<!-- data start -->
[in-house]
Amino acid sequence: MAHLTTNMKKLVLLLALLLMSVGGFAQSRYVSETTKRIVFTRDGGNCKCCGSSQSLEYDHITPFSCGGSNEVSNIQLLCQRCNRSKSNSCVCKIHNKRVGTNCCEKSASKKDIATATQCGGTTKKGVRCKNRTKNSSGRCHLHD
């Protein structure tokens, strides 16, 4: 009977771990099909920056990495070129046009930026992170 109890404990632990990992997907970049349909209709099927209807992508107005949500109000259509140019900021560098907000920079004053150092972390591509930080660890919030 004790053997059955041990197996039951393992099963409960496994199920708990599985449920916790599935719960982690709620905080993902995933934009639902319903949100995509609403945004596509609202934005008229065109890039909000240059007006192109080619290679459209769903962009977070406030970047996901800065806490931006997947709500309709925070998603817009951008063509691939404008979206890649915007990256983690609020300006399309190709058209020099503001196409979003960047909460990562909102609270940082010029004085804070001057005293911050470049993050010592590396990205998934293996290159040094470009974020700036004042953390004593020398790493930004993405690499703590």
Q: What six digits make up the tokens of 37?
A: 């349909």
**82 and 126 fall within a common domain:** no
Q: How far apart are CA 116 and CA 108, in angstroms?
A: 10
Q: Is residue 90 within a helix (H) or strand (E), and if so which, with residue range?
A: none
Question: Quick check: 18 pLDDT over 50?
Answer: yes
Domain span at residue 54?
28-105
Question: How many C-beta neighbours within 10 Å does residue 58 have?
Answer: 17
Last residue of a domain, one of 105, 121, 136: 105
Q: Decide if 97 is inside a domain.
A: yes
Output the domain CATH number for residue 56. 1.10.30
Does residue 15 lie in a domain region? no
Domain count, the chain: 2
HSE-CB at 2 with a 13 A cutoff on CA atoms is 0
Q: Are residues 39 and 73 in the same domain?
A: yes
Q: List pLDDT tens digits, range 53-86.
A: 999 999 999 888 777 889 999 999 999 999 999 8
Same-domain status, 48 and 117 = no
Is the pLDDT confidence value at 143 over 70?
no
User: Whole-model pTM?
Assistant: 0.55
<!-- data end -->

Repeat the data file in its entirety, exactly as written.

[in-house]
Amino acid sequence: MAHLTTNMKKLVLLLALLLMSVGGFAQSRYVSETTKRIVFTRDGGNCKCCGSSQSLEYDHITPFSCGGSNEVSNIQLLCQRCNRSKSNSCVCKIHNKRVGTNCCEKSASKKDIATATQCGGTTKKGVRCKNRTKNSSGRCHLHD
């Protein structure tokens, strides 16, 4: 009977771990099909920056990495070129046009930026992170 109890404990632990990992997907970049349909209709099927209807992508107005949500109000259509140019900021560098907000920079004053150092972390591509930080660890919030 004790053997059955041990197996039951393992099963409960496994199920708990599985449920916790599935719960982690709620905080993902995933934009639902319903949100995509609403945004596509609202934005008229065109890039909000240059007006192109080619290679459209769903962009977070406030970047996901800065806490931006997947709500309709925070998603817009951008063509691939404008979206890649915007990256983690609020300006399309190709058209020099503001196409979003960047909460990562909102609270940082010029004085804070001057005293911050470049993050010592590396990205998934293996290159040094470009974020700036004042953390004593020398790493930004993405690499703590």
Q: What six digits make up the tokens of 37?
A: 């349909």
**82 and 126 fall within a common domain:** no
Q: How far apart are CA 116 and CA 108, in angstroms?
A: 10
Q: Is residue 90 within a helix (H) or strand (E), and if so which, with residue range?
A: none
Question: Quick check: 18 pLDDT over 50?
Answer: yes
Domain span at residue 54?
28-105
Question: How many C-beta neighbours within 10 Å does residue 58 have?
Answer: 17
Last residue of a domain, one of 105, 121, 136: 105
Q: Decide if 97 is inside a domain.
A: yes
Output the domain CATH number for residue 56. 1.10.30
Does residue 15 lie in a domain region? no
Domain count, the chain: 2
HSE-CB at 2 with a 13 A cutoff on CA atoms is 0
Q: Are residues 39 and 73 in the same domain?
A: yes
Q: List pLDDT tens digits, range 53-86.
A: 999 999 999 888 777 889 999 999 999 999 999 8
Same-domain status, 48 and 117 = no
Is the pLDDT confidence value at 143 over 70?
no
User: Whole-model pTM?
Assistant: 0.55